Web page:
Call Centers Smooth the Path to Profitability
July 17, 2014
July 17, 2014
With Ventana Research reporting that 94 percent of customer interactions are taking place in the call center, it has unarguably become the face of your company. How call center agents approach issues, conduct conversations and meet customers’ needs will have a major impact on your company’s brand, reputation, and, ultimately, business performance. If this consideration is applied to a particular product line, the call center can often make or break its successful integration into a customer’s product portfolio or the loyalty that results from satisfaction for its continued use.
Call center agents are privy to customers’ thoughts, reactions, and perspectives about the products, processes, and promise delivery of the brand experience they purchased—as well as to their willingness to buy additional products. But many of these insights are buried, lost and never used when companies choose to focus on internal key performance indicators (KPIs) based on efficiency, rather than on insights that can produce performance improvements and effectiveness across lines of business.
Focus on Mechanics is for Companies, not Customers
Call centers have traditionally been built around company goals for efficiency—often creating a dichotomy with additional objectives for improving customer loyalty and high satisfaction scores. When an agent is evaluated based on speed, efficiency may be realized but effectiveness can suffer—along with that cherished customer loyalty and satisfaction. Anyone who has ever been on the phone with an agent who tries to end the call as quickly as possible once they think the problem has been resolved, or transfer you to another agent when it’s not, can relate to that feeling of being brushed off.
Product launches are expensive. Millions can be spent on development, promotion, marketing, and training call center agents, to name a few. Call centers are where much of the customer reaction to new product lines will be directed. Consider a confusing marketing message, hard to understand terms of service, or confusion about the potential overlap in services with another product in the customer’s portfolio, for example.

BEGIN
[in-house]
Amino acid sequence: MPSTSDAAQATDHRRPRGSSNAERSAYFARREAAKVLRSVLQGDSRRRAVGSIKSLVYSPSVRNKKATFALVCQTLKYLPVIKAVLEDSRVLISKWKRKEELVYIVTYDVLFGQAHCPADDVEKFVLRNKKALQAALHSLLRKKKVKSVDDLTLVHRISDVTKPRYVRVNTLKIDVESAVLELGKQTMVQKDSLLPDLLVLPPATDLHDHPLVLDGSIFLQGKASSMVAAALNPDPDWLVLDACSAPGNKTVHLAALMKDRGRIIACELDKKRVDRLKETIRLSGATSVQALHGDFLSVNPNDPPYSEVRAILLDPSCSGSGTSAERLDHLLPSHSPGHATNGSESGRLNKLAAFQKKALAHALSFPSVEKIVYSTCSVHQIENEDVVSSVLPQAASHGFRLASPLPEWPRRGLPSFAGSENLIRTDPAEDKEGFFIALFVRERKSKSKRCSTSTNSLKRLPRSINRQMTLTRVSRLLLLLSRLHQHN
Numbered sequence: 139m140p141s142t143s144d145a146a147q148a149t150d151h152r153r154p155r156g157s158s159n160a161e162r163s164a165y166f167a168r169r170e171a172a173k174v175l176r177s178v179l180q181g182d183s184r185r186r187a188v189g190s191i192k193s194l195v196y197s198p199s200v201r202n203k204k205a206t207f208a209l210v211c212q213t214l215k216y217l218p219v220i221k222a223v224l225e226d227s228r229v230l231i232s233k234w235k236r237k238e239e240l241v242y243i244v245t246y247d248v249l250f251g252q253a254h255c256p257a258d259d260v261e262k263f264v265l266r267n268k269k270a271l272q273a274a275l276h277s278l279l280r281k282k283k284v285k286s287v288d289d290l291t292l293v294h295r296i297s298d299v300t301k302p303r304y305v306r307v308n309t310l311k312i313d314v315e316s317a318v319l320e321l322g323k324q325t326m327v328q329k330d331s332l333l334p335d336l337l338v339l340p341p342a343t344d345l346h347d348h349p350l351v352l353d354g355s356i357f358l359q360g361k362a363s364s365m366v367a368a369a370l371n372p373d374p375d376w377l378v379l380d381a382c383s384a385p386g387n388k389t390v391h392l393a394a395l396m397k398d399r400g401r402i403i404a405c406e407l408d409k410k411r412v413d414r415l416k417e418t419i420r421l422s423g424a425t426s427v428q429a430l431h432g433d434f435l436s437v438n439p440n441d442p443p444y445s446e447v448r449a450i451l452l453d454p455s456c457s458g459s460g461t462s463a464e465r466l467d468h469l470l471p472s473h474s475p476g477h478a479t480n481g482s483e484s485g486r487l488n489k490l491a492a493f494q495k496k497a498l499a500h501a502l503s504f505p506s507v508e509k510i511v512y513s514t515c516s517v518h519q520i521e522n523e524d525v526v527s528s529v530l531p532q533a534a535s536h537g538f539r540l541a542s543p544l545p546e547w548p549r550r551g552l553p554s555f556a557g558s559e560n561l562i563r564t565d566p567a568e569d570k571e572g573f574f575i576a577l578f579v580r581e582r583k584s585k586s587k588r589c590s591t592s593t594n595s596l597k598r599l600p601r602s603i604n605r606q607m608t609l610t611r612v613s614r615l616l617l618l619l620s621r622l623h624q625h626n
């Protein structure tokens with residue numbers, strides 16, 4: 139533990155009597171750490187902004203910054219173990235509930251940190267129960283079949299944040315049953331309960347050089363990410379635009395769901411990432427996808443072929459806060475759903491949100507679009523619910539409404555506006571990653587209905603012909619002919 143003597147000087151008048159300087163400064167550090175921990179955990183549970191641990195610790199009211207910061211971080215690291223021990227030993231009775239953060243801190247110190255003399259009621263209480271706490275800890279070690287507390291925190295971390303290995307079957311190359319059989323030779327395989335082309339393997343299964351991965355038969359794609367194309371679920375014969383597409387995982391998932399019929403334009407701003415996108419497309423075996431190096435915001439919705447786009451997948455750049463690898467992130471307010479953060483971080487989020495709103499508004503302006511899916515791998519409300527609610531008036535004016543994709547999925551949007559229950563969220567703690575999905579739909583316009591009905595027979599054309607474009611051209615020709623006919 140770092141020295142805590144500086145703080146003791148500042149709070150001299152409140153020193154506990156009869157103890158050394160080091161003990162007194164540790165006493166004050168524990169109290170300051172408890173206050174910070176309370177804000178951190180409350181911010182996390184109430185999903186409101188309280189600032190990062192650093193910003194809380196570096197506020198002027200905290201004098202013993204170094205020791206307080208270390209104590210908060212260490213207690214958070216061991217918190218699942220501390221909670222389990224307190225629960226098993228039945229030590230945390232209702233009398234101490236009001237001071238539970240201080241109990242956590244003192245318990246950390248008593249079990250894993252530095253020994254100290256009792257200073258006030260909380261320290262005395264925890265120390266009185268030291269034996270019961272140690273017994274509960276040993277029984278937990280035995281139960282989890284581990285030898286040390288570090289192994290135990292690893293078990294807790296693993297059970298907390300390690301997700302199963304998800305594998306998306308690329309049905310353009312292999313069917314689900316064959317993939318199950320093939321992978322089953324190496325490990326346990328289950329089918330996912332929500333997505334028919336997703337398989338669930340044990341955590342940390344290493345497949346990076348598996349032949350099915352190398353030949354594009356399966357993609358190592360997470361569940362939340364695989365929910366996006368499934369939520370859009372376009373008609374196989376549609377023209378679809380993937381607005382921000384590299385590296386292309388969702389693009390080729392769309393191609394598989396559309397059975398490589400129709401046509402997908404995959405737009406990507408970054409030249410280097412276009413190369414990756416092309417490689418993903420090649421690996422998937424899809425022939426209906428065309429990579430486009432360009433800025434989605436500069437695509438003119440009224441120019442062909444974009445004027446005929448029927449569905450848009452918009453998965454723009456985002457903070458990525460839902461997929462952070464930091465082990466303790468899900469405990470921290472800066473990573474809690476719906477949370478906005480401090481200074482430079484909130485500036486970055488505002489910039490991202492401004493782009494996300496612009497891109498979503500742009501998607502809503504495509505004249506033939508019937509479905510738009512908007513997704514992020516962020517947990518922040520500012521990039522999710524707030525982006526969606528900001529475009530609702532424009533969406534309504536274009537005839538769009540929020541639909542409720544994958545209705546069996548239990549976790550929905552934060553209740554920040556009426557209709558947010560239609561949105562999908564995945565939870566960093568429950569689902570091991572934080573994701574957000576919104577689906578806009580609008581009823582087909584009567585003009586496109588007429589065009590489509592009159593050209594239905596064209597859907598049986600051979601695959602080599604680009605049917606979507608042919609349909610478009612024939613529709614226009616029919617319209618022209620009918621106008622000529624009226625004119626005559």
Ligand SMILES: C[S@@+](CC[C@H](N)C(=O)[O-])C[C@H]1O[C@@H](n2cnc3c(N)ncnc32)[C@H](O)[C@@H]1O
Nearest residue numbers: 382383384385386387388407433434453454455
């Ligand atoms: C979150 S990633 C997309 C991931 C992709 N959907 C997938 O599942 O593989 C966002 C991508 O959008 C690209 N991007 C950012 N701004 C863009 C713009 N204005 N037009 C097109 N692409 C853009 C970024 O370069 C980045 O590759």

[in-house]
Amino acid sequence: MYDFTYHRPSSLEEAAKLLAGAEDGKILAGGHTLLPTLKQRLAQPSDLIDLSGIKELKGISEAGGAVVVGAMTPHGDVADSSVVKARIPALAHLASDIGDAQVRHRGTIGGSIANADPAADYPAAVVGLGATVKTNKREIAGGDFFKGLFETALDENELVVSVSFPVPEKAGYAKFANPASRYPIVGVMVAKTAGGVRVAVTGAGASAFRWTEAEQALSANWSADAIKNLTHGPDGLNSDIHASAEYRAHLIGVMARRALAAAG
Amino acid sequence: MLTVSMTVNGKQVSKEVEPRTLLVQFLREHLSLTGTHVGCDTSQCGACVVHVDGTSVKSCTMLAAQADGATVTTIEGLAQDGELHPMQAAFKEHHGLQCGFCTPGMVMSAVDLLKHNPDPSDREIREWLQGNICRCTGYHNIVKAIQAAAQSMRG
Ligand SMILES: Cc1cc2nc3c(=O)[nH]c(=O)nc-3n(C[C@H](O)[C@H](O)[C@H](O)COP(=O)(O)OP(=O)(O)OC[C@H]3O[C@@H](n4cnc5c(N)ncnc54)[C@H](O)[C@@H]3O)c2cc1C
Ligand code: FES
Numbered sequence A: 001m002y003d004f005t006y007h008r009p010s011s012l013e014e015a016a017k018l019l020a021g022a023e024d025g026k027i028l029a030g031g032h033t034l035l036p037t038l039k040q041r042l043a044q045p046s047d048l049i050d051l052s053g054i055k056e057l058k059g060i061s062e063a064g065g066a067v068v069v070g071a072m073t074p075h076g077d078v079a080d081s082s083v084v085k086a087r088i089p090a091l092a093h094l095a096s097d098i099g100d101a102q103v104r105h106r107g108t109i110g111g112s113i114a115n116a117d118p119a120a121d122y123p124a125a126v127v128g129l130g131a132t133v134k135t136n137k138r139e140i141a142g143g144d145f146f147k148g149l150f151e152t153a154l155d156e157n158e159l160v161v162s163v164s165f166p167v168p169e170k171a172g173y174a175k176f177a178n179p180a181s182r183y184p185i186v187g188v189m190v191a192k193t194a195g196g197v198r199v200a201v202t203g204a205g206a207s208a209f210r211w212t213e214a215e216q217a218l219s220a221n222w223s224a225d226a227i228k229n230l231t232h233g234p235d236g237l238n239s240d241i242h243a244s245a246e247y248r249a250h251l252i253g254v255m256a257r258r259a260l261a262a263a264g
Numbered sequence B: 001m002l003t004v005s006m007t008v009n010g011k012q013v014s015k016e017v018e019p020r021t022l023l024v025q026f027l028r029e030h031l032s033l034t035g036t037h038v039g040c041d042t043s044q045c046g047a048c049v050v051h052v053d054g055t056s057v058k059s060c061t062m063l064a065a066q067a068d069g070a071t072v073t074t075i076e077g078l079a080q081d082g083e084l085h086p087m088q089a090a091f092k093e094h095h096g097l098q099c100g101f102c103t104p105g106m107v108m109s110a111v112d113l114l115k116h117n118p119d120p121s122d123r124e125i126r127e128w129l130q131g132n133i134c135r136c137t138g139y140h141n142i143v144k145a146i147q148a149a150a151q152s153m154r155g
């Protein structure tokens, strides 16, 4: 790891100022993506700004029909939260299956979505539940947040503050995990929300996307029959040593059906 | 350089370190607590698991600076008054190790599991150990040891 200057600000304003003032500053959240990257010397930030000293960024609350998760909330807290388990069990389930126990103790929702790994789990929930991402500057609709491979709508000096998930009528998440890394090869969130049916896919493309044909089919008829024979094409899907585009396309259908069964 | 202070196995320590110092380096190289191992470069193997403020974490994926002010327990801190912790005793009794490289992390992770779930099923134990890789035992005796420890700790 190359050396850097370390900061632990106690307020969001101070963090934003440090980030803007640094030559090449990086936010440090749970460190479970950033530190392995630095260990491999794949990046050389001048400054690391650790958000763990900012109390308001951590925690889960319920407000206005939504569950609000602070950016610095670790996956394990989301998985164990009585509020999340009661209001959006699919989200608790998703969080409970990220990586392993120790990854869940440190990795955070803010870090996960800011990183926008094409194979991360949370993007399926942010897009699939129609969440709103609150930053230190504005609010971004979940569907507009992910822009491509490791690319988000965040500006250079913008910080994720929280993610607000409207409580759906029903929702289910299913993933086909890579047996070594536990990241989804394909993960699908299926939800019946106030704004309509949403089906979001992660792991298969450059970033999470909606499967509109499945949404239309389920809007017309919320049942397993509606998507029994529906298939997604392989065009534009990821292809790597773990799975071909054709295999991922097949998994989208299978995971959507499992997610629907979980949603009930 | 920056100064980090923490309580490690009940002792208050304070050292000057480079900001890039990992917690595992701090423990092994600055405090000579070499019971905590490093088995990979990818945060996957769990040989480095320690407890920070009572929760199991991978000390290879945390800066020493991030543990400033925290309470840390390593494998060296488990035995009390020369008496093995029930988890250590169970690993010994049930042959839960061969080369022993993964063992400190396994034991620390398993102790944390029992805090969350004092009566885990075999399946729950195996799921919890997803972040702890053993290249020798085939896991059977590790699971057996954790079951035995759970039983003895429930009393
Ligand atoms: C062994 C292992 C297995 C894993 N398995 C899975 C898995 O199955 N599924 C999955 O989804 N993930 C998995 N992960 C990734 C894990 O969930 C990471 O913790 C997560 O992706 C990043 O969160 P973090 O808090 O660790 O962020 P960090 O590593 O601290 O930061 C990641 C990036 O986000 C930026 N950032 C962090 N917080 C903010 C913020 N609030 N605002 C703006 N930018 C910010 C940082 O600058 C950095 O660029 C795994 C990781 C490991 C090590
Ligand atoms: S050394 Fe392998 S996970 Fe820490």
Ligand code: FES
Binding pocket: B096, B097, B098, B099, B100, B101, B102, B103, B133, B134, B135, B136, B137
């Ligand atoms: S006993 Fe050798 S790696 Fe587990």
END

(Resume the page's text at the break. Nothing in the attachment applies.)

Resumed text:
Companies that focus their call center agents on average handle time coupled with cross-sell and up-sell metrics can be positioning them to fail on one measure or the other if circumstances such as those listed above are in play. Efficiency is a goal that will not likely diminish in importance, but focusing on internally-driven metrics at the expense of customer-focused solutions driven by data and insights can limit the success of your next product launch.
Pave the Way for Improved Program Delivery
Capturing the feedback, sentiment and perspective of customers as specifically related to product impressions, ease of use, value received, and complaints can help product managers refine offerings and modify messaging to increase sales and satisfaction.
Surface impressions taken as one-off instances of feedback are easy to dismiss or overlook if the agent is focused on expediency during the call. Without probing for and analyzing the root cause of a perspective or issue, it’s difficult to improve products, adjust how services are delivered, and make changes to back office processes in order to resolve issues before they arise. It’s not as much about reducing call center volume as it is in making sure that customers receive the value promised to them upon purchase. The result is the same, but the pivotal difference is customer focus.
Customers have become hyper-connected, using many different channels to interact with companies, peers, and colleagues. Based on what your agents hear on calls, can the same be found in other channels, such as review sites and social networks? Do customers express the same sentiment during an online chat with an agent as they will on a call?
Training your agents to ask probing questions can help product managers discover the “why” for customer perspective that gets at the root cause, rather than relying on the manifestation of the issue. For example, if complaints are rising about customer service, discovering that the instructions for credit card reward redemptions are too difficult instead of assuming the agent lacked process knowledge will result in a different course of correction. By using insights to improve reception to programs and ease of use, customer profitability will increase, along with referrals and share of wallet.
Don’t Treat Call Centers as an Island
As the face of your company, call center operations must be customer focused. Internal KPIs are necessary, but the opportunity to blend them appropriately with business objectives opens up routes to revenue, retention and increased loyalty.
It is important to remember that customer satisfaction surveys measure an attitude that exists at a moment in time, while loyalty is evidence of consistent behavior in favor of your brand over the customer lifecycle. Product managers who recognize, value, and apply the insights available from the call center will find increasing success with product launches that result in higher customer profitability.